Secured Loan or Collateral Loan: Policy Implications

Secured Loan or Collateral Loan: Policy Implications

It can be tempting to tap into the cash value of a life insurance policy that has been accumulating for many years. However, unlike normal investment accounts, accessing life insurance cash value is not a straightforward process. There are three ways to access your cash value: surrender, policy loan, or a secured loan. Each method has implications that should be fully understood as they can have a serious impact on your tax bill.

Over this series of articles, we will look at defining these methods as well as exploring their implications.

Last week, we looked at the definition of Secured Loan or Collateral Loan. Now – to sum up our series, we bring you the implications of using this method to access your cash value.

Tax Implications
Secured loans are a popular option for accessing cash value because there are no tax consequences when the loan is issued. In fact, the interest from the secured loan may be deductible if being used to earn income.

Policy Implications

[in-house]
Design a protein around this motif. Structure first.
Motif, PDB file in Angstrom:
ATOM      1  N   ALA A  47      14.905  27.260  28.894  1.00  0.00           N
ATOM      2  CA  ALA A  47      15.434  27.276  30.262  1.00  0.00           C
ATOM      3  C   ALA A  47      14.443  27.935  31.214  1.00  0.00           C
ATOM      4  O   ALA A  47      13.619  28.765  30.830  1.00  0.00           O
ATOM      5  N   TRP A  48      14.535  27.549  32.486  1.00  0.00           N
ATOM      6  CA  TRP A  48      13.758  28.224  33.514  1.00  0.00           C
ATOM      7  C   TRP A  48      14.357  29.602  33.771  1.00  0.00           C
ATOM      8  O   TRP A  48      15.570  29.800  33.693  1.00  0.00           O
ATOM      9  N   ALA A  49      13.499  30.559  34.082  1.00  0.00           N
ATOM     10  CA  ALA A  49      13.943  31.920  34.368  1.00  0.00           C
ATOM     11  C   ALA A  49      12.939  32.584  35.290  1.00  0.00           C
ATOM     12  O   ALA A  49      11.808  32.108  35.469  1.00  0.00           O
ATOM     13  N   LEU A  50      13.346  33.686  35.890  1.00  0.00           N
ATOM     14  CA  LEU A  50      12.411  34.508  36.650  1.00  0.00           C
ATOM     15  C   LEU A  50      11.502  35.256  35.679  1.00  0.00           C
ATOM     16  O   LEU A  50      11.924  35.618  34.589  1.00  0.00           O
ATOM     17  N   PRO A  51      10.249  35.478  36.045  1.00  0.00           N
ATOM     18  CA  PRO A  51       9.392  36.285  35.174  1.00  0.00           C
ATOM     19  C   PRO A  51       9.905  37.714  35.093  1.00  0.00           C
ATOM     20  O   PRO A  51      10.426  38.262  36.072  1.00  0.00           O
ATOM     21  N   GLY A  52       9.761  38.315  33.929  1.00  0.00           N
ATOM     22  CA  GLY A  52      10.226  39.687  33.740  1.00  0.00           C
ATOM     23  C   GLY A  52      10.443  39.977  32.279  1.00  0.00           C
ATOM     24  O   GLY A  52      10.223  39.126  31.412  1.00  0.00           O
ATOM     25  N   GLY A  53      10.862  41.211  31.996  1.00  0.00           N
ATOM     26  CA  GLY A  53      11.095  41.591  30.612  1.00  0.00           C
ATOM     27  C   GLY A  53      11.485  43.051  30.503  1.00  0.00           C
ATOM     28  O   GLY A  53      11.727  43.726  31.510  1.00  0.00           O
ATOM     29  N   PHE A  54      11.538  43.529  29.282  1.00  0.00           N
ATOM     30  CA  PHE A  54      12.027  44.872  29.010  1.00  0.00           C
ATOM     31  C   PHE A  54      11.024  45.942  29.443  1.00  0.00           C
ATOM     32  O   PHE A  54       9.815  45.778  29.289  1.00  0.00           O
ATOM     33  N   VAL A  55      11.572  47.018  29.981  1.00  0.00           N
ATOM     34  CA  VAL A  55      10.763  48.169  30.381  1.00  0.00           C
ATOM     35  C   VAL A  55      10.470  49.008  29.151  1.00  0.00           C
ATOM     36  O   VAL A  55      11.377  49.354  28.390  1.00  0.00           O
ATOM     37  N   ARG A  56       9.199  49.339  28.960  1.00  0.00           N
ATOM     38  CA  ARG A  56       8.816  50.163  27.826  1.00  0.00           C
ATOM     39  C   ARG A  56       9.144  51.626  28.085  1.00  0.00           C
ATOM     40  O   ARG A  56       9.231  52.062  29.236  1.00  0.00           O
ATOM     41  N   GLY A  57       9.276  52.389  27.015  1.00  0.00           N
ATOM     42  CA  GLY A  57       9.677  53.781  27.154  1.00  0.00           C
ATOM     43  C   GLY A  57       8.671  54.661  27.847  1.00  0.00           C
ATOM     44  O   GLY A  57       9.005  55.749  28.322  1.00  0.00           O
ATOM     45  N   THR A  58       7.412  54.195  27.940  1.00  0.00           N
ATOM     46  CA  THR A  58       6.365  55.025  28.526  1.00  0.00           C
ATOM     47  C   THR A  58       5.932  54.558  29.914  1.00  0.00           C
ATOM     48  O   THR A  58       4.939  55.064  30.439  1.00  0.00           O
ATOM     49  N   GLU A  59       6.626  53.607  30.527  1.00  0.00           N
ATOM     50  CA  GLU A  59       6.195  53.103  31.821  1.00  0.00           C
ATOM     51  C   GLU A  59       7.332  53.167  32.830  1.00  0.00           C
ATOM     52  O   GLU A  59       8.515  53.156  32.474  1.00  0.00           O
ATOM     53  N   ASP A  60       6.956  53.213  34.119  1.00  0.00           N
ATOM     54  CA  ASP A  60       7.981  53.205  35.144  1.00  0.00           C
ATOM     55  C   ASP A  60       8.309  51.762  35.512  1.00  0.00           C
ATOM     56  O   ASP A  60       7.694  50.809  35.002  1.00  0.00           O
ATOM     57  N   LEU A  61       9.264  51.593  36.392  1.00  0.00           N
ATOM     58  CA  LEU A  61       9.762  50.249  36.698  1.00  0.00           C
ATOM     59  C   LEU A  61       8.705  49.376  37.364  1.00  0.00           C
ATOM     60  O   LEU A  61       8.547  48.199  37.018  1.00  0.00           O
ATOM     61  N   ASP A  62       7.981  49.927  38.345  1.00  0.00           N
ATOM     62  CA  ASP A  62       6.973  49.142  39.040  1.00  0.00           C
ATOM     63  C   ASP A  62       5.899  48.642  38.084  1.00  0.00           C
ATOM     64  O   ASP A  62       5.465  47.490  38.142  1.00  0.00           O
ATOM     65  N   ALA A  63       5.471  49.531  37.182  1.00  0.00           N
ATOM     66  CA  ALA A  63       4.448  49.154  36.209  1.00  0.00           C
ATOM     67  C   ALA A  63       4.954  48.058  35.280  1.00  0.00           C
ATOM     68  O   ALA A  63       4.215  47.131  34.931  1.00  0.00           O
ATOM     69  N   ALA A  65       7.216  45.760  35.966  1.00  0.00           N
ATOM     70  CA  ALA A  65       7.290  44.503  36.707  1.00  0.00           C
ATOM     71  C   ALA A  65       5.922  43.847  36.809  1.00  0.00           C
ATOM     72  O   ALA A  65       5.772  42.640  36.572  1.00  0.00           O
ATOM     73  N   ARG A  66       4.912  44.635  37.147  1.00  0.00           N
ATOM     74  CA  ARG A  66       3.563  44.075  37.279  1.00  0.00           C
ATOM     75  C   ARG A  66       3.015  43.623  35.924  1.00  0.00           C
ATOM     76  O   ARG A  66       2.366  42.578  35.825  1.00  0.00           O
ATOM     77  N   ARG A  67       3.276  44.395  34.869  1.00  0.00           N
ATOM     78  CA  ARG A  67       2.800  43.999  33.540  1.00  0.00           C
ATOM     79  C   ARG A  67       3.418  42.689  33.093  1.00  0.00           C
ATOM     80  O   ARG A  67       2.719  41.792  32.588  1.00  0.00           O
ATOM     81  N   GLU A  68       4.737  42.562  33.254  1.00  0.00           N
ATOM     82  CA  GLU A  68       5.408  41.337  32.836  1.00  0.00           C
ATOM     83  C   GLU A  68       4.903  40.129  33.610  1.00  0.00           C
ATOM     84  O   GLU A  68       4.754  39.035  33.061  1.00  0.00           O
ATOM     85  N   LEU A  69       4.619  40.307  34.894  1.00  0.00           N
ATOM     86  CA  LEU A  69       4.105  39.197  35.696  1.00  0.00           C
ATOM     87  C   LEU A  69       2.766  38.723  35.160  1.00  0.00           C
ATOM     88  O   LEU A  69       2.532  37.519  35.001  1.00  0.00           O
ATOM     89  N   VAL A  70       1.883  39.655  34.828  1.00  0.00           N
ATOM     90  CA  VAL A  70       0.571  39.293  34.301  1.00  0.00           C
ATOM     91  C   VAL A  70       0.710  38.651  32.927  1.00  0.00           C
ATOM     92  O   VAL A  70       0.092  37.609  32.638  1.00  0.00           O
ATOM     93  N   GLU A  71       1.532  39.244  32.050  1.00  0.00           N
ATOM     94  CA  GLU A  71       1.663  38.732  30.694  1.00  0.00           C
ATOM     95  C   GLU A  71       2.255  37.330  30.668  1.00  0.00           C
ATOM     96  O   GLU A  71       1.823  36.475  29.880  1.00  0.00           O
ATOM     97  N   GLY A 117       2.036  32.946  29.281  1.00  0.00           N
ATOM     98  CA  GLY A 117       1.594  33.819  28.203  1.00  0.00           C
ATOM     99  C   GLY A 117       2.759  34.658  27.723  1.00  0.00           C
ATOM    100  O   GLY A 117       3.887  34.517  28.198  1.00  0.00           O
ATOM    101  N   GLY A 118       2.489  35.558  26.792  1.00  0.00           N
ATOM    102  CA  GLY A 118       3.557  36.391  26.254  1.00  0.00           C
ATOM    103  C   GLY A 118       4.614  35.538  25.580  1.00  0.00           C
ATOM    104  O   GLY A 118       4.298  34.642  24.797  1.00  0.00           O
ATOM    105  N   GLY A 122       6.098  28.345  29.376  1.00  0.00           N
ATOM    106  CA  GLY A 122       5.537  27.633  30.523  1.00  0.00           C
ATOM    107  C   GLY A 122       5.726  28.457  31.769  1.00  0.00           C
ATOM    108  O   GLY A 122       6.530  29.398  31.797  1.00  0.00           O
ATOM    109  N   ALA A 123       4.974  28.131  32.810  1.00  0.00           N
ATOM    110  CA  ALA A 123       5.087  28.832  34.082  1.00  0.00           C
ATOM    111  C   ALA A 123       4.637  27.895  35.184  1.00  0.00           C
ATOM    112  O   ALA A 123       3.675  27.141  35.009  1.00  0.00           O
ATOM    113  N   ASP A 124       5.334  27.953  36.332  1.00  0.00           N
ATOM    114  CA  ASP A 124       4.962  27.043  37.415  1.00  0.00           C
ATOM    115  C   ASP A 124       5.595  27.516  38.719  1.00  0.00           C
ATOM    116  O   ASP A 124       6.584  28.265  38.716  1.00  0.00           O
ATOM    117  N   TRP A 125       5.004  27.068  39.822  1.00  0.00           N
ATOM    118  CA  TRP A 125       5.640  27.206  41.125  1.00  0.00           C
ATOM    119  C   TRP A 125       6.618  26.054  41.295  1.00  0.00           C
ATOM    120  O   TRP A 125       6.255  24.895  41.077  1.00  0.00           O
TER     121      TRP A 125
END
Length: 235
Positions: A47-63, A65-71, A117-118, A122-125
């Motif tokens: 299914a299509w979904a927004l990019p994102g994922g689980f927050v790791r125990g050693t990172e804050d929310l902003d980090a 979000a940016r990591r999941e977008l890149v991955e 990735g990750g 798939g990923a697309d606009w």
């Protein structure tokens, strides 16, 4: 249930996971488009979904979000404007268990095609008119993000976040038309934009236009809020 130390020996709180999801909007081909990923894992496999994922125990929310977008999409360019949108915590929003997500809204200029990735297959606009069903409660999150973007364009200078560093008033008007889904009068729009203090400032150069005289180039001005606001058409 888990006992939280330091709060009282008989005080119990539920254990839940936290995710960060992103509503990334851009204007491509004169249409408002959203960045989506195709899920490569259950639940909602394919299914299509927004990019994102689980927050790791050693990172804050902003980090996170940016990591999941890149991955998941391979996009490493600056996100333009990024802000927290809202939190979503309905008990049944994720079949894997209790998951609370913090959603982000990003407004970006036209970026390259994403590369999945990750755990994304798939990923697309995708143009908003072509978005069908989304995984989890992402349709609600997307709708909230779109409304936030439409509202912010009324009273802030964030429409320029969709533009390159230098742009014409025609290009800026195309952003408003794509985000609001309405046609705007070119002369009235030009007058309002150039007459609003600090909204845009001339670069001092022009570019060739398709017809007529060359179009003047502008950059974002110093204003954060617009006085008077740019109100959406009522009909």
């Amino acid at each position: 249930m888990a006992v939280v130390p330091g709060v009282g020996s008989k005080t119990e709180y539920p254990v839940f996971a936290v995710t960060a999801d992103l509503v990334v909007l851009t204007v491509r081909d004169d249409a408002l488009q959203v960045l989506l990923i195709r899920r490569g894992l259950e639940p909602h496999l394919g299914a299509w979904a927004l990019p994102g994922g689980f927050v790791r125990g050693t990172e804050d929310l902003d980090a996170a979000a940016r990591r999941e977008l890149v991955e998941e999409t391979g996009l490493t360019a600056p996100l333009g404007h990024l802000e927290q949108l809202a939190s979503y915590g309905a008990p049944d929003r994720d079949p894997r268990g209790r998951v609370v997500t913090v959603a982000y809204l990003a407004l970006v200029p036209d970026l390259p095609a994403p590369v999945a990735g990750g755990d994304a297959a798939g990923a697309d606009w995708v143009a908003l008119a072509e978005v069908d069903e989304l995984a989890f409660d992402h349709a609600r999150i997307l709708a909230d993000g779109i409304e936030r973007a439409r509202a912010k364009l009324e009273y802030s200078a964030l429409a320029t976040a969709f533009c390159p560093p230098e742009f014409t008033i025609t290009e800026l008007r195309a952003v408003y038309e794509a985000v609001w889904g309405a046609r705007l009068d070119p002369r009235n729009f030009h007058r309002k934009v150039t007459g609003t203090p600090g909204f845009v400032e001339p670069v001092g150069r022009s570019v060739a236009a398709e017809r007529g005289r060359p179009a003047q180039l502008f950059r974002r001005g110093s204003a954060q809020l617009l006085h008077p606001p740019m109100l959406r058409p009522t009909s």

Secured loans are a separate entity from the life insurance policy and therefore there are no immediate implications to the actual policy. However, when the insured on the policy dies the secured loan must be paid back before any benefits are paid to the policy beneficiaries.

It is always best to consult a professional before making any decisions regarding your policies cash value. Not only are there tax implications that need to be considered, additional income can affect government benefits and should therefore be taken strategically.

Definitions

ACB – Adjusted Cost Basis
The ACB of the policy is the sum of the premiums paid into the policy minus the actual cost of the insurance policy or NCPI (Net cost of Pure insurance). Similar to the purchase price of a stock or a building to ensure that your original capital does not get taxed again.

Lapsing
This means that your policy loan now exceeds your policies cash value causing your policy to be in jeopardy of being cancelled. If a premium is not paid within 30 days, the policy will be cancelled.

CSV – Cash Surrender Value
The CSV is the value that the policy owner would receive if they cancelled their permanent life insurance policy.

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